13. It's actually, high/low altitude.. but yes, it's about range.. That's the on ground, planning part.. You identify a VORs limitations, before you incorporate them into your flight-plan. That info can be found by several real-world sources.. In MSFS, it's included on the map pages, or flight-planning pages...
  14. The solution I found (at PMDG support), is awkward, but it works.. Make sure that your saved (default) flight is with an FSX base aircraft.. I use the C172.. When you plan to fly the J41.. FIRST place the C172 at the airport; start the flight.. Then from there.. C172 on the tarmac.. switch to the J41.. Also.. if you plan on using the FMC, DO NOT slew the C172, nor the J41. All of this has to do with the J41 model/system complexity..
  15. Here's a neat one: It's more of an "on demand" flight, used daily.. and in the winter it's on more of a schedule... 83D - to - KMCD (Mackinac County- to - Mackinac Island) Aprox. 5nm .. they're almost part of each other's pattern..
  16. That's a good question.. I'll poke around. Mean-time, I'm sure they'd be very close to what you'd come up with, if you plotted them yourself... www.skyvector.com ...has all the online charts you'd need. Or, even the FSX built-in planner works well, and you can avoid the name/frequency changes that might have happened since 2006. I just set it up for 'VOR-to-VOR' plan, and then go in and tweak it a bit (i.e.. sometimes it'll use low-altitude, or terminal VORs for legs beyond their ranges)... then you can even print out a log, showing frequencies/radials/ranges ..
  17. Most of the work happens on the ground.. if you're well versed in flight-planning, and have mastered radio navigation (in slow, forgiving trainers)... it's not hard at all. You already know what's going to happen.. so the in-flight navigation itself, is almost redundant.
  18. Yeah.. there all kinda tricks and geometry Let me be a little more clear.. you can fly a very precise course to/from an NDB.. so you aren't blindly groping for that intersection... And even if you choose only one (3,4) intersection; you'll see your drift (if any), if the CDIs are not centering at the expected time(s).. IOW, if one nears center too soon, you know which way you drifted.. And of course, as mentioned.. you can 'plan' for as many (3,4) intersections as you feel you need..
  19. And/or, you can use a pair of regular VOR gauges (like in the default C172).... or even just one VOR gauge with a 'flip/flop' receiver.. or (a bit tedious), you can manually change frequencies using just one receiver/gauge.. As for aiming at (3,4).. you'll fly a good part of that leg tracking away from an NDB (its range is the circle).. getting a good feel for winds aloft, so you'll likely get within range of the terminal VOR, right on course. But you can check your position any time by checking bearing/range from either VOR.. or triangulating via both VORs..
  20.     Yeah.. your name too Now.. how the heck do I attach an image ? EDIT: Got it to work using my laptop,, and we're all GPS advocates
  21. Planning is the key.. ---------- 'High Altitude' VORs have ranges between 150-200nm. 'Low Altitude' VORs ~50nm 'Terminal' VORs ~25nm --------------- Also, keep in mind that VOR navigation need not be a direct course twixt two VORs.. I.E.. outbound on a radial until intersecting the next VOR radial (maybe terminal or low-altitude VOR).. ------------ IOW... High-Altitude VORs can give you 300-400nm legs.. and if for some reason you need to plan for longer legs (airspace or mountain avoidance.. or a more direct course) .. you just need to take advantage of all your tools.. ------------- Attached is an example: green course, traveling from right-to-left, avoiding airspace, arriving at an airport with a terminal VOR (very short range).. ---------------- -Fly dired to VOR(2), until intersecting a radial from VOR(1) ----------- -turn on-course using a couple of DME/radial references from VOR(2) --------------- -when in range of NDB(pink) fly roughly to/from it (keeps you clear of airspace).. then maintain a relatively accurate course by radial intertsestions (VOR(3)(4)) .. one should do it, but plan for more per winds aloft.. ----------------- Once in range of terminal VOR.. you're home-free Edit: Having trouble with image upload.. working on it.. (got it, using my laptop)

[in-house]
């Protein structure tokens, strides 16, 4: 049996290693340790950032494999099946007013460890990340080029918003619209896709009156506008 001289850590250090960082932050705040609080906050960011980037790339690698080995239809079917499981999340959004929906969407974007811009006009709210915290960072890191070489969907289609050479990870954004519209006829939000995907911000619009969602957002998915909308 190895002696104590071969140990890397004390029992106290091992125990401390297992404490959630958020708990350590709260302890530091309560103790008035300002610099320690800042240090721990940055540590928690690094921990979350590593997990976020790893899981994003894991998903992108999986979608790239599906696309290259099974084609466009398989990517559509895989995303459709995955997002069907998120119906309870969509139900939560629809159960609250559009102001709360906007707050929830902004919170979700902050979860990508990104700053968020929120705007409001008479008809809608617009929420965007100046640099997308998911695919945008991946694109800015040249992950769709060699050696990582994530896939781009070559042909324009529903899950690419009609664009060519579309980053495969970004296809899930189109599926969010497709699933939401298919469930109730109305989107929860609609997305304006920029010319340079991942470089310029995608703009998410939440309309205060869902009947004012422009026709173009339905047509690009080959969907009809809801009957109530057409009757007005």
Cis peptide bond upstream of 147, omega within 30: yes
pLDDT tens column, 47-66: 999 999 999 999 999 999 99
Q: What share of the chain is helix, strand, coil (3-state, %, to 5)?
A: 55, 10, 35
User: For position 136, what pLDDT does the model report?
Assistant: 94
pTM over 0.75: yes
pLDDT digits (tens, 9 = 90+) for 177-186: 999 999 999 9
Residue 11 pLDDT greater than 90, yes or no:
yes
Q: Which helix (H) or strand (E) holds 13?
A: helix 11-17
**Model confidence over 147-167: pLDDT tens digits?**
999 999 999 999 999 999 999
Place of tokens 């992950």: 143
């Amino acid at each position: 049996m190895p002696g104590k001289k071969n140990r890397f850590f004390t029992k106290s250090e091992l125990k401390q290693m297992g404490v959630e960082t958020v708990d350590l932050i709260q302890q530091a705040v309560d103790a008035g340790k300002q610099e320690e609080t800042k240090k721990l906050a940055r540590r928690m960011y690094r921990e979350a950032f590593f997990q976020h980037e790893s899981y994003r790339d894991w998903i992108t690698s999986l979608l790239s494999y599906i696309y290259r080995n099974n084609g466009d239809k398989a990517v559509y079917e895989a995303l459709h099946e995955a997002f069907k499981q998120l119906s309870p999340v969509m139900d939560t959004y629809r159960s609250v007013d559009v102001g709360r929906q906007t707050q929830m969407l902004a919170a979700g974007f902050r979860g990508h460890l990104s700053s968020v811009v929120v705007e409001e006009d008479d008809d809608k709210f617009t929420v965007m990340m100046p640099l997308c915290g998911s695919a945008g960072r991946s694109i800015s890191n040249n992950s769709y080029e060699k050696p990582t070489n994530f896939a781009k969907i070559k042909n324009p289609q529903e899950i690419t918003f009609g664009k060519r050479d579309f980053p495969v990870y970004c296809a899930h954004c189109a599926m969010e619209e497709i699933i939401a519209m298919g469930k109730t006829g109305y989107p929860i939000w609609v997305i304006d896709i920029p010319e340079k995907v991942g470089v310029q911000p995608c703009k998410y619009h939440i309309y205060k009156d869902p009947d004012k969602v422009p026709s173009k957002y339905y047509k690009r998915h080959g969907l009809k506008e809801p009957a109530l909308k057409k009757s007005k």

22. Couple of things: As fun as Accusim might be.. the Strat is too much for one pilot.. There's an option in one the pop-ups (2, or 3, can't remember), that turns turbo managing over to the First Officer.. "he", acknowledges this by saying, "I've got the turbos". .Remember to turn on the water injection (set all to auto), for the takeoff/climb.. and you usually have to throttle back a bit on inboard engines (watch CHT) until you reach cooler air, or can achieve cruise speed. I've gotten +50 hours on the engines before they even wear past "excellent"... gotten as many as 100 hours before any troubles (hard starting, rough running), and even squeezed 300 hours out of an engine, before I felt a need to "rebuild"..
  23. For good and bad.. A2A captured the spirit of this bird (beast).. there are some great stories out there.. many about how difficult the Strat was to land.. Here's a good site: http://www.ovi.ch/b377/articles/speedbird/ A quote from an article there: To your question... plan the approach way way way out... Convince yourself that you cannot be too low... 120 is fine on approach.. but try for 100 at the threshold .. hand FLY it right down to the runway, little if any flare (nose-wheel first landings were not uncommon) **eek** If you're running Accusim.. the fun is just beginning at touch-down... get it rolling out straight (runway adhesion is awful), and get on the reversers... good luck not breaking something in the engines..
  24. I don't think anybod says they can't be fitted.. the question is, why are they not fitted.. And of course it's not universal, as some do have a muffler, or muffler-ish component. There are even aftermarket, "tuned" exhaust systems, that are muffler-ish, and actually improve performance.. and they are a cost issue. It's always a trade-off.. weight/cost/performance ...
  25. When even an old C172 constitutes a $30,000 airfrane, a $25,000 engine, and up to $35,000 in instruments/avionics.. the cost of a muffler is a rounding error.. Weight is one consideration, but it's also about performance. Exhaust back-pressure can cost quite a few horses..